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International Journal of Environment Science and Technology
Center for Environment and Energy Research and Studies (CEERS)
ISSN: 1735-1472
EISSN: 1735-2630
Vol. 13, No. 2, 2016, pp. 471-482
Bioline Code: st16042
Full paper language: English
Document type: Research Article
Document available free of charge

International Journal of Environment Science and Technology, Vol. 13, No. 2, 2016, pp. 471-482

 en Biochar as adsorbent for removal of heavy metal ions [Cadmium(II), Copper(II), Lead(II), Zinc(II)] from aqueous phase
Komkiene, J. & Baltrenaite, E.

Abstract

The removal of the most prevalent heavy metal ions [cadmium(II), lead(II), copper(II), and zinc(II)] by adsorption on Scots pine ( Pinus sylvestris check for this species in other resources L.) biochar and Silver birch ( Betula pendula check for this species in other resources ) biochar has been investigated, following the determination of physical and chemical adsorption properties of biochar. The efficiency of adsorption of heavy metal ions [cadmium(II), lead(II), copper(II), and zinc(II)] on biochar was studied at different concentrations of heavy metals [onefold maximum contaminant level, twofold maximum contaminant level, fivefold maximum contaminant level (in accordance with the requirements set out in the Water Framework Directive 2000/60/EC), dosages of biochar (1.6–140 g), and biochar types (Scots pine (P. sylvestris L.) biochar and Silver birch (B. pendula) biochar produced at slow and fast pyrolysis) at constant pH of leaching solution, temperature, and contact time. Adsorption capacity of Scots pine (P. sylvestris L.) biochar and Silver birch (B. pendula) biochar was assessed by the application of extended Freundlich isotherm. In this study, biochar was evaluated as a potential adsorbent to efficiently reduce concentration of heavy metal ions in metal-contaminated water. The maximum adsorption capacity were reached of copper(II) on Silver birch (B. pendula) biochar (128.7 µg g-1) and of zinc(II) on Scots pine (P. sylvestris L.) biochar (107.0 µg g-1). Adsorption capacity of lead(II) on Silver birch (B. pendula) and Scots pine (P. sylvestris L.) biochar varied from 1.29 to 3.77 and from 2.37 to 4.49 µg g-1, respectively.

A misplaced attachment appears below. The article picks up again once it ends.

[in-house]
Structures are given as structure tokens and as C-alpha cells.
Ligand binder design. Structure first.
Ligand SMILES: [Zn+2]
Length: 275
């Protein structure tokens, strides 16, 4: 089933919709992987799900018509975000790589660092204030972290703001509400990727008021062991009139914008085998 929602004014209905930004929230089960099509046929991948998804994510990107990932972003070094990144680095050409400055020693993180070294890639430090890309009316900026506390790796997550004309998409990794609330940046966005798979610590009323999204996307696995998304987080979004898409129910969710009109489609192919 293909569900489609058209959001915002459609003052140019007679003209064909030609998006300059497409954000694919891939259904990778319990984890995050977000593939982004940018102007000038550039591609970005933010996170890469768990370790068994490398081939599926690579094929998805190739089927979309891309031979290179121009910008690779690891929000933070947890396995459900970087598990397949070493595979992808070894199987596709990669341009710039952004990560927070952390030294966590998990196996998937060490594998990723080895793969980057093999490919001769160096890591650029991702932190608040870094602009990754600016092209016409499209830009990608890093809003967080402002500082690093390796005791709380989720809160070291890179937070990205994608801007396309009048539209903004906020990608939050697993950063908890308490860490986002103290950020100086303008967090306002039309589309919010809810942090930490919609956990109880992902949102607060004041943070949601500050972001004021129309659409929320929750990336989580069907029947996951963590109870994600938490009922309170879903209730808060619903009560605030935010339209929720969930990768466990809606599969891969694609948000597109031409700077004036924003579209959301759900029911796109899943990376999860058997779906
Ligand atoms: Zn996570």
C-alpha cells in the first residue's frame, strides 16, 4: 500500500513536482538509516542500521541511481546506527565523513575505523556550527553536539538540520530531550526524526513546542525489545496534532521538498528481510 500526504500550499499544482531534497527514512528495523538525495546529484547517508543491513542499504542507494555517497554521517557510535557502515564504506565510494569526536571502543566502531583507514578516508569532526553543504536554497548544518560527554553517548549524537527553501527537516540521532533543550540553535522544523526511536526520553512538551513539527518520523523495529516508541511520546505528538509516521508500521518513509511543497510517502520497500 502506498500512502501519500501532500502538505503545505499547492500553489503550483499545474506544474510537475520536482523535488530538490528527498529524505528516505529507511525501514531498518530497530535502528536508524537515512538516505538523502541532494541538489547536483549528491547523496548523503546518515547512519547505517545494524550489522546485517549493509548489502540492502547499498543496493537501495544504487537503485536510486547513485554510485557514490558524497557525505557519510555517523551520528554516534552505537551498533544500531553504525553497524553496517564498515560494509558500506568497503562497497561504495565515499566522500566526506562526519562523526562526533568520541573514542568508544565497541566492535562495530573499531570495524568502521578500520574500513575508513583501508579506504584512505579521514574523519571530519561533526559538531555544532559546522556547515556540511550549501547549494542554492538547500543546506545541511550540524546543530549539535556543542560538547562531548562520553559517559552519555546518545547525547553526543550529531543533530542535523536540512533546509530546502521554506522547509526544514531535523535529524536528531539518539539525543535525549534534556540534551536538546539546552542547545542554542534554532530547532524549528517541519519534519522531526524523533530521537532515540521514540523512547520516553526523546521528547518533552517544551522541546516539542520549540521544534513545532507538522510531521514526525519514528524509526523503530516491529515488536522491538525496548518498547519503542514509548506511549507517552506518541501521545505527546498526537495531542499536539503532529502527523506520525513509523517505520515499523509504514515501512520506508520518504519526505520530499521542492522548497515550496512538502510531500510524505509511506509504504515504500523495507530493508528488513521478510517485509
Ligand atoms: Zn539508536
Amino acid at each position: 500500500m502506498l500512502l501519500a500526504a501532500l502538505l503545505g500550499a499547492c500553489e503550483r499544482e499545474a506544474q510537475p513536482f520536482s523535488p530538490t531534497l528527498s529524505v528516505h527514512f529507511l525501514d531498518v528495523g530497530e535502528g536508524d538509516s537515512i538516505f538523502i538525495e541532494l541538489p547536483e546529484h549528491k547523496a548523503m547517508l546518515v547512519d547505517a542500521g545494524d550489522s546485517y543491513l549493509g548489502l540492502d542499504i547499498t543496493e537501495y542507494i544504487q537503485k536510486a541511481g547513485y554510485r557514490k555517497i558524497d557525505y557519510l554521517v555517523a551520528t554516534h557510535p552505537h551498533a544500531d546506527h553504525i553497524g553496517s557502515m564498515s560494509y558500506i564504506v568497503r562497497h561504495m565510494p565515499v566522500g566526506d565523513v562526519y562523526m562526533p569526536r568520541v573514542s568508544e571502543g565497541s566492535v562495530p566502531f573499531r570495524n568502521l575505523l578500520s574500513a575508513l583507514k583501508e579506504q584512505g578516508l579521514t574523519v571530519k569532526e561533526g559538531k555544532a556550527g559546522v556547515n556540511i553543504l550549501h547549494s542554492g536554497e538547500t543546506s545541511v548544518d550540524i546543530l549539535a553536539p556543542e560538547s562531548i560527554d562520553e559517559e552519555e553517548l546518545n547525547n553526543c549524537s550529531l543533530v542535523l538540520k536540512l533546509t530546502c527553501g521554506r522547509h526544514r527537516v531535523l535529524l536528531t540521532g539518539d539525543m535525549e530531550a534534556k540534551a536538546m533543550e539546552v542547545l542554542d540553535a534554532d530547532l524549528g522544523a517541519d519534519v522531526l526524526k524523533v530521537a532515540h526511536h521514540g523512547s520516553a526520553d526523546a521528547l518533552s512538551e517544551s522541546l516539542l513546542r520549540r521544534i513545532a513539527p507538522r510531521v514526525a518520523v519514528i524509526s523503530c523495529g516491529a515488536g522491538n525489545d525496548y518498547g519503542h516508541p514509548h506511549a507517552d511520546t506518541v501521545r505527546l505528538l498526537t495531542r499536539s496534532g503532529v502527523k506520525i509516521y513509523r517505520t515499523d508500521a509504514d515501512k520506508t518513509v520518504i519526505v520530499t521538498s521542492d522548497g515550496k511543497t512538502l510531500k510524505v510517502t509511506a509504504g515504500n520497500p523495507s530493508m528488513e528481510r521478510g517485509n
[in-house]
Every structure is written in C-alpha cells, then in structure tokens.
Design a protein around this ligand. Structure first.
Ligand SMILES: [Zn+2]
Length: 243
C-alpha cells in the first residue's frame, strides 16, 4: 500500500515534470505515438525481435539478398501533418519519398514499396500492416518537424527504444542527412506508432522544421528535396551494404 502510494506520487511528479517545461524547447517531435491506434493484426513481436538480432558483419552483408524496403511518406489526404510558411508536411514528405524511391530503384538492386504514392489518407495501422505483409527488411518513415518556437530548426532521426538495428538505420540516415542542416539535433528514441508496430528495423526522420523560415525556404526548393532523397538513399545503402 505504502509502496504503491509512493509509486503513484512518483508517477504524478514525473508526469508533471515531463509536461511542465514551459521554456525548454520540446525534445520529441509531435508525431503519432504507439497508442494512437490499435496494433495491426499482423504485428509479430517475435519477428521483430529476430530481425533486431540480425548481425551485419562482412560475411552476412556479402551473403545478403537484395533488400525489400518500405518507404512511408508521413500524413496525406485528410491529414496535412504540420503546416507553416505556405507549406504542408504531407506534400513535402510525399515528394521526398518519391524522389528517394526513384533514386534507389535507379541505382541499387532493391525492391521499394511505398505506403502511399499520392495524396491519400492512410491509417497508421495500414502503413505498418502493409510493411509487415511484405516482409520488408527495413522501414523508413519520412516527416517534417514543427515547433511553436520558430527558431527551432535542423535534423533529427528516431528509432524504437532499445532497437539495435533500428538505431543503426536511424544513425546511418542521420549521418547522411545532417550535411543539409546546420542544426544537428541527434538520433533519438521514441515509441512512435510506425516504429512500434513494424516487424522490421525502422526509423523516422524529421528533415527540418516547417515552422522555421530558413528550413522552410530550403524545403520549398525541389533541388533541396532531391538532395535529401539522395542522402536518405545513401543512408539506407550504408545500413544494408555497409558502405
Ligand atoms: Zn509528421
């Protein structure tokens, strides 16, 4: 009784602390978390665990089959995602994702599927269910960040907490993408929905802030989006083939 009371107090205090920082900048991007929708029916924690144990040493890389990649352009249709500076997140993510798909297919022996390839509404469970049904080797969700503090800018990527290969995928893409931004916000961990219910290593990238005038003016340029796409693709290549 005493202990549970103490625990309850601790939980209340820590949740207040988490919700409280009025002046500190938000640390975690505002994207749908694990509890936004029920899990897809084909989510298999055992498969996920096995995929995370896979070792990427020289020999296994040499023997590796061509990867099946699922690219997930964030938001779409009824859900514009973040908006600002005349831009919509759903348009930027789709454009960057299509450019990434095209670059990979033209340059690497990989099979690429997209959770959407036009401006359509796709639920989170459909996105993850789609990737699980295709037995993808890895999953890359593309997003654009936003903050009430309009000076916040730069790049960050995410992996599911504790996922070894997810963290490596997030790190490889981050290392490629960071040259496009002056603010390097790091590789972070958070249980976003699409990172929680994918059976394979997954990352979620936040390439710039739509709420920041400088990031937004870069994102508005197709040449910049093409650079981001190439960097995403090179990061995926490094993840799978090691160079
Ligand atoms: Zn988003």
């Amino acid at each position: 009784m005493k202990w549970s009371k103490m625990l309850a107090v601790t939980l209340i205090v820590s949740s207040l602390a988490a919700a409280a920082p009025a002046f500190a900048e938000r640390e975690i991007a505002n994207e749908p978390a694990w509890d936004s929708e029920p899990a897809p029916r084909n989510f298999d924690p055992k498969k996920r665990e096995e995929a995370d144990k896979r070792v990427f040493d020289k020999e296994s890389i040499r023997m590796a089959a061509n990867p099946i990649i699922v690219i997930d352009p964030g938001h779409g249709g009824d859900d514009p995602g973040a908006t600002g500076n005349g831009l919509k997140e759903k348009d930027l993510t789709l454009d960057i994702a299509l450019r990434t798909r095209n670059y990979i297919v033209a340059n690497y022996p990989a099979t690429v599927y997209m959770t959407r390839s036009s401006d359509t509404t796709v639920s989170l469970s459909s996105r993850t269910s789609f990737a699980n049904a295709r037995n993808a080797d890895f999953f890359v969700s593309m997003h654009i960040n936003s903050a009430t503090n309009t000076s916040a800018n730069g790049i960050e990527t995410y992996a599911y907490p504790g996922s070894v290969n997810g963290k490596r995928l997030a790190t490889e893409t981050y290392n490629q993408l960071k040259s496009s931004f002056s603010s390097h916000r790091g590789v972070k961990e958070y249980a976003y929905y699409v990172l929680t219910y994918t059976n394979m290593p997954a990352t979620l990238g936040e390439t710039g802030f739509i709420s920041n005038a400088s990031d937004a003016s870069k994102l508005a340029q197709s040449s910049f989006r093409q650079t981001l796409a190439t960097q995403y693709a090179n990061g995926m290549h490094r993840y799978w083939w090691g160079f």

Keywords
Adsorption process; Bioadsorbent; Extended Freundlich isotherm; Metal-contaminated water treatment

 
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